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What is the difference between the cheapest fuels in a place like Tesco's and the 'high quality', highly priced competitors? Is there actually any noticeable difference in available power, engine smoothness, efficiency, maintenance costs etc?

Personally I've always used the cheapest I can just because I don't know what the difference is that I would be paying for!

Can anyone justify their use of an expensive fuel having had a bad experience with a cheap fuel in their car in the past?

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    It would be helpful to know what kind of vehicle you drive. – race fever Jan 4 '16 at 2:36
  • I drive a VW Passat B5 2004 (petrol) – Max Goodridge Jan 4 '16 at 7:17
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    This question and the commentary associated with it are edging very close to opinion-based and / or shopping advice. I'm not seeing enough hard data to make it sound like this question is answerable as written. More specificity is required, at a minimum. – Bob Cross Jan 4 '16 at 15:10
  • Does the existence of the Top Tier organization, which rates fuel quality, matter here? Is there a similar organization in the UK or Europe in general? – kmarsh Jan 4 '16 at 16:16
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Gasoline is made in large batches. Each batch has a number of attributes that should be met; Octane, specific chemistry, volatility, contaminates, ethanol content, and others. The output is dependent on the crude that went into the refinery and the processes the refiner has at hand to process it. Refineries vary in there capabilities.

There are over 60 different fuel variations required by government regulation in the US. These are formulated to help with air pollution concerns that vary by region, mostly, but not always due to average weather conditions. Regulators require an average quality across many batches. So that means there are batches that do not meet standard. These are often purchased by low price marketers who then pass on the "savings". Batches are often in the 2 million liter range. Also the brand specific detergent additives are put in at the truck level only in those loads headed for specific retail stations. These additives are expensive and usually not used in the thrift-ed brands.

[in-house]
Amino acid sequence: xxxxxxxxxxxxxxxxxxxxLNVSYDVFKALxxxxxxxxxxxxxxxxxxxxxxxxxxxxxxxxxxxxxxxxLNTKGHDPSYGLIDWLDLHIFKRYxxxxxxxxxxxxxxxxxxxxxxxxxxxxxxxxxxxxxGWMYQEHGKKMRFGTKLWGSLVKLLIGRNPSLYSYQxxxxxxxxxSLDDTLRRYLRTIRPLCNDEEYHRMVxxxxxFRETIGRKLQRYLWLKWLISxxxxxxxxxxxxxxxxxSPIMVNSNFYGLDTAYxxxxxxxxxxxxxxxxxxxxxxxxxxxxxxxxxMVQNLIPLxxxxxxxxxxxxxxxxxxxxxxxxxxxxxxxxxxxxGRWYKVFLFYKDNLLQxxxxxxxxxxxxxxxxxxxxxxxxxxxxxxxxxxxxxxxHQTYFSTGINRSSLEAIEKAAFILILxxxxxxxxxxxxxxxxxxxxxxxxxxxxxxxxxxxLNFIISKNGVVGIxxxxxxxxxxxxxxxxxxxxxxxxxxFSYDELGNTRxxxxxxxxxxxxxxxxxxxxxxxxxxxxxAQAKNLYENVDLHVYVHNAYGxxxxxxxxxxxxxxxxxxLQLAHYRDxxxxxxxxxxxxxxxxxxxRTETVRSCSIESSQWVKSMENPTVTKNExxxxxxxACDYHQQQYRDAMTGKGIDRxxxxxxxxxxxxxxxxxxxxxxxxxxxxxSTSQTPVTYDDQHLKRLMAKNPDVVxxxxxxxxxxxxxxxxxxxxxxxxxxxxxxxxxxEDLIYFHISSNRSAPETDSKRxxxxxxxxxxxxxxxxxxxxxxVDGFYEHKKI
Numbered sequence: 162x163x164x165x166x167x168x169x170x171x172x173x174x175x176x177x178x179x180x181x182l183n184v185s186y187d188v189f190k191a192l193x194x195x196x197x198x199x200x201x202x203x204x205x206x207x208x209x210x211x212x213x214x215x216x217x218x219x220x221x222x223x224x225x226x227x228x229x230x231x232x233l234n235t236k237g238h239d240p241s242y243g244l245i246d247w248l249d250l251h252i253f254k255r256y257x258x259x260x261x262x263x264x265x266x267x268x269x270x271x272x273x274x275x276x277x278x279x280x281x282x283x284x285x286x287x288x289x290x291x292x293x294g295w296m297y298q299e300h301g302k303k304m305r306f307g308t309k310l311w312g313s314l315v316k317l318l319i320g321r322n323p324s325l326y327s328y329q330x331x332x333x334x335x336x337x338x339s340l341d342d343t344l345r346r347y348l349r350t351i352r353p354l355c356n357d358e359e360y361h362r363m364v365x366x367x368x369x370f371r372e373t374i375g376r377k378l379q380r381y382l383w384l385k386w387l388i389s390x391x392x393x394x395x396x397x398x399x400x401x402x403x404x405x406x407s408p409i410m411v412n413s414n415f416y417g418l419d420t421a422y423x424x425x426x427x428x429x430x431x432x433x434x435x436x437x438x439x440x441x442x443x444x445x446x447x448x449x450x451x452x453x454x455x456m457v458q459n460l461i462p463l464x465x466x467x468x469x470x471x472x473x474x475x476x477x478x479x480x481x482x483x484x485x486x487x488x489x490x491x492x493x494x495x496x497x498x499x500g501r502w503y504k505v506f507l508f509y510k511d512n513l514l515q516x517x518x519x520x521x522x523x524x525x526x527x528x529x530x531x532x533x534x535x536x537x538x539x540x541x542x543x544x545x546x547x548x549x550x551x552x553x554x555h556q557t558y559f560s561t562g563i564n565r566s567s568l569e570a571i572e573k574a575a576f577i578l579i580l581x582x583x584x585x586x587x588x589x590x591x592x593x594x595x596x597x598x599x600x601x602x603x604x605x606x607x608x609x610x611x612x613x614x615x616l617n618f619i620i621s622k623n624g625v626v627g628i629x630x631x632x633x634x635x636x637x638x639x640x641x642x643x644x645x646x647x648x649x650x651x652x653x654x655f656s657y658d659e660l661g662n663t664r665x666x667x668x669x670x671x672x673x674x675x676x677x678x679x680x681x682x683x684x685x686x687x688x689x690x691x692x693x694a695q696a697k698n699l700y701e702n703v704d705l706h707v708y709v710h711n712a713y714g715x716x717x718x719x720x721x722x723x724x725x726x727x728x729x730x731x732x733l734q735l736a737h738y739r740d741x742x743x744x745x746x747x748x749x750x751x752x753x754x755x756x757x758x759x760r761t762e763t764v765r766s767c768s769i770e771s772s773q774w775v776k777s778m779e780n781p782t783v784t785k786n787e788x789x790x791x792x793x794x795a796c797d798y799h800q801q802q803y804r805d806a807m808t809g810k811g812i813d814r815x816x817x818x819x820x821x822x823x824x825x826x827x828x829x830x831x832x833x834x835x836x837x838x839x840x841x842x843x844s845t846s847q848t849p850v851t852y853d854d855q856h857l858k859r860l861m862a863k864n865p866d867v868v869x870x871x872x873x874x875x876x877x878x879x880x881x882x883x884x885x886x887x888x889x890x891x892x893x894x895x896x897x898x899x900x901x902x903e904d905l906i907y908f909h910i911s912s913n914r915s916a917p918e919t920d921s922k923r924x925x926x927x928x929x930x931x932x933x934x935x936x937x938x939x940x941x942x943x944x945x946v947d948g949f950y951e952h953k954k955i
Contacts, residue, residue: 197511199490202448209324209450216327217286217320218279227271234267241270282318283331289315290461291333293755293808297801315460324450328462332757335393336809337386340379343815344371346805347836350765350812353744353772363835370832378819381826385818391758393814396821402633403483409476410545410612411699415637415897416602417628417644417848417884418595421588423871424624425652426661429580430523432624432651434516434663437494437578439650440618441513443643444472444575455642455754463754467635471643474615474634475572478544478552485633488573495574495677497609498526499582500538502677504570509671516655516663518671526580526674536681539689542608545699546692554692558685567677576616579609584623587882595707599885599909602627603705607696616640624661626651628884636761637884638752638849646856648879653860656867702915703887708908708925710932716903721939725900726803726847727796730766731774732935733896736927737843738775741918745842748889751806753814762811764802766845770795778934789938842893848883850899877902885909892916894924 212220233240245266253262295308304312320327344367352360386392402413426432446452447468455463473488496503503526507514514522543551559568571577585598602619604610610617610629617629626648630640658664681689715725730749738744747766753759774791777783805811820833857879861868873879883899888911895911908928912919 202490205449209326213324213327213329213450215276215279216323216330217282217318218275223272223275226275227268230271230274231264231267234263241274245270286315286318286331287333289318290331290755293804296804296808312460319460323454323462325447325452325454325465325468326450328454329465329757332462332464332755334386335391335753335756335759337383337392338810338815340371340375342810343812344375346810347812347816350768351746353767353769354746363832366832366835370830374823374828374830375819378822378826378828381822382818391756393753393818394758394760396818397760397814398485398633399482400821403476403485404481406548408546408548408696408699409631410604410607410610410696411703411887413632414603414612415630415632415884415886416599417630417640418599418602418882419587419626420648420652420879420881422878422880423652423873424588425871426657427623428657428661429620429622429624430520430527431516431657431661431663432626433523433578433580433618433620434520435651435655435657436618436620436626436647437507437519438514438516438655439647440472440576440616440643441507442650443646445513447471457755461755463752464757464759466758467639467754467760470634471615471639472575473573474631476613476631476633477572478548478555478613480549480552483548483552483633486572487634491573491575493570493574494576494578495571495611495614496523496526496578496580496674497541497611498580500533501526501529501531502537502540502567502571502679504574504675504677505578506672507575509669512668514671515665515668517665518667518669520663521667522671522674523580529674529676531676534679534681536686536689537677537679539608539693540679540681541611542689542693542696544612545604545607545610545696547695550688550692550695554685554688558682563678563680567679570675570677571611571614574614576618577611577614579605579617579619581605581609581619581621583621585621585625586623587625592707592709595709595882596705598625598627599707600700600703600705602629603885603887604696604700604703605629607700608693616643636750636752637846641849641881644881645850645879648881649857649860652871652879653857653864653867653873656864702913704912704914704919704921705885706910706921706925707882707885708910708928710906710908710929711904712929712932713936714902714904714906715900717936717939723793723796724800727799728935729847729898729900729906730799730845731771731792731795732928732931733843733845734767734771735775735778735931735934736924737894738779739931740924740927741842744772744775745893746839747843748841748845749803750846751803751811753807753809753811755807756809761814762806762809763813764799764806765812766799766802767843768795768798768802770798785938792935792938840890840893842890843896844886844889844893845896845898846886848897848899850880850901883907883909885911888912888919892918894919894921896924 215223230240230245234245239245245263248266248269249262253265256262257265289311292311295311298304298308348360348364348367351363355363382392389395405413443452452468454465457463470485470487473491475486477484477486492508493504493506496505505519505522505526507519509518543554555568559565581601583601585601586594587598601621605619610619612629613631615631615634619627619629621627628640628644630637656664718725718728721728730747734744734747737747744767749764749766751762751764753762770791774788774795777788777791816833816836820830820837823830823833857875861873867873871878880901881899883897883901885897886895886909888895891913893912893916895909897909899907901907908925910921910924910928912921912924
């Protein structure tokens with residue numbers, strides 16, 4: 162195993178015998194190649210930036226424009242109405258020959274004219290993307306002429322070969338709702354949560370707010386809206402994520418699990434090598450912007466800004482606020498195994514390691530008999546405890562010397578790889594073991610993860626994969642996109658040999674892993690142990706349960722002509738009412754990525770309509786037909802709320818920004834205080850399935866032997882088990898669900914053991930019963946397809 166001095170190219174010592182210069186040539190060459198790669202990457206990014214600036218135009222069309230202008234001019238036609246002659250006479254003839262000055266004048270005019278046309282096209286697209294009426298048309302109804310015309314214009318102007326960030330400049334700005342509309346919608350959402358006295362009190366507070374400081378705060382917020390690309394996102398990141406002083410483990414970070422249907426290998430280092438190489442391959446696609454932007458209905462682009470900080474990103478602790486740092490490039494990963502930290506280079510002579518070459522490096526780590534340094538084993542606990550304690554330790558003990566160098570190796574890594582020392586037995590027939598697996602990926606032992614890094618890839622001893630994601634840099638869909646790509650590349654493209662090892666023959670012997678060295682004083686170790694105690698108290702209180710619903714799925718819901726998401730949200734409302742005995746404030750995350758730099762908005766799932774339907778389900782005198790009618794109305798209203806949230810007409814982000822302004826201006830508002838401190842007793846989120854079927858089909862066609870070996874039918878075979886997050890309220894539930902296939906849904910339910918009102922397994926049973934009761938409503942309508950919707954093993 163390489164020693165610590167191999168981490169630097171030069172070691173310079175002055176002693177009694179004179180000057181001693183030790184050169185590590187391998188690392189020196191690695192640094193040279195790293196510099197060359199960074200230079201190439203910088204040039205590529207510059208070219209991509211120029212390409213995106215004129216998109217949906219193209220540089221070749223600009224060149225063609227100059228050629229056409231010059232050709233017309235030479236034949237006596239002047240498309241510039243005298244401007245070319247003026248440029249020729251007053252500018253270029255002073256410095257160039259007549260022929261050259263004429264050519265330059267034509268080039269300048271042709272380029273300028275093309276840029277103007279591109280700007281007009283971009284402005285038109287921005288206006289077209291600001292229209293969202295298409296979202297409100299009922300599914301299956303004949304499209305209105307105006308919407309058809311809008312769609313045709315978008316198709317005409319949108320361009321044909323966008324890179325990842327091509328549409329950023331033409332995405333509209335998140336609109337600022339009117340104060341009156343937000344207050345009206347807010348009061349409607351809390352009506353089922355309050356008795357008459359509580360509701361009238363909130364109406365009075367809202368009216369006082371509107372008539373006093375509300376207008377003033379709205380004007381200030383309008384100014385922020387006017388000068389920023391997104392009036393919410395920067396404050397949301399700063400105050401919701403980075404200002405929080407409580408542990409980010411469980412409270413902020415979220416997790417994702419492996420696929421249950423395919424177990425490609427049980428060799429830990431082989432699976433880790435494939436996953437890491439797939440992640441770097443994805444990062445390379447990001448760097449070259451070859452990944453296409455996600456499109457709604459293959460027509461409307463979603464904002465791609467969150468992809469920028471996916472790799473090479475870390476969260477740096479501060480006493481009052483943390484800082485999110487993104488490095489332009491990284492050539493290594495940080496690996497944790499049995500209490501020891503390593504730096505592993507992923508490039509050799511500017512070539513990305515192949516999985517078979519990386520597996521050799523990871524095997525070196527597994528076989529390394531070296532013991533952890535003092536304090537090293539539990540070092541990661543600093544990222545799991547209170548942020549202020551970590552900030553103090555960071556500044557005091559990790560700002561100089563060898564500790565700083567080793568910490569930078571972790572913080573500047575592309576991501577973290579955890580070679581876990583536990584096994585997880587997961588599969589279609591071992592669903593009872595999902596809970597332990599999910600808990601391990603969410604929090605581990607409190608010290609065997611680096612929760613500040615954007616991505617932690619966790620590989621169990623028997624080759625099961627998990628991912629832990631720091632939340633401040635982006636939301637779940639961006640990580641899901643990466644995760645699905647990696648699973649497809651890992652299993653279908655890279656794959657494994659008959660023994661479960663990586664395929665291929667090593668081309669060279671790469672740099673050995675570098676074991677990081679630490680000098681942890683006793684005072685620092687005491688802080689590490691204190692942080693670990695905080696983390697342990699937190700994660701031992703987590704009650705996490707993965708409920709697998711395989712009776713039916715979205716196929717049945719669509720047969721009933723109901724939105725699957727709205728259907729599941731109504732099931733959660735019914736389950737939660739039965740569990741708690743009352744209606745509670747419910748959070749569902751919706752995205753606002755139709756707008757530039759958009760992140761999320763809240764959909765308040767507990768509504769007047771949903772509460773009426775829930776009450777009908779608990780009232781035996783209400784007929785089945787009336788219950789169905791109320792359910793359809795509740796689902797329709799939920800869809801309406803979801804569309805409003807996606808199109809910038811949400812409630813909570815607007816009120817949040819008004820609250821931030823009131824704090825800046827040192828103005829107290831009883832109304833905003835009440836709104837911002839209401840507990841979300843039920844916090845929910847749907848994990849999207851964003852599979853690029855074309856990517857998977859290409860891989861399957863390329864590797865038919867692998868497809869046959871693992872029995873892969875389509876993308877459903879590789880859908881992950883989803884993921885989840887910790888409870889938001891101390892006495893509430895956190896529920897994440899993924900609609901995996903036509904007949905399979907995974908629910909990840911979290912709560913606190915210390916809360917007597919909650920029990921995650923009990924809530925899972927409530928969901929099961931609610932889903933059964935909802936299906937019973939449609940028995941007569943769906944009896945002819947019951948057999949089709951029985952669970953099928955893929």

So yes, there are many differences and the answer is, as is often the case, It Depends!

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As far as I understand it, the 'premium' brands will have the fuel mixed to their own specifications, which may include particular detergents, additives etc. The cheaper brands will simply buy whatever is cheapest - so the Tesco one could be identical to Shell one week (if Shell happened to have a surplus), BP the next, a mixture of things the week after, and so on. As Fed Wilson says, often they will by the stuff that didn't make the grade for the premium suppliers.

So as Fred says, 'it depends' - but the premium fuel will be more consistent, generally.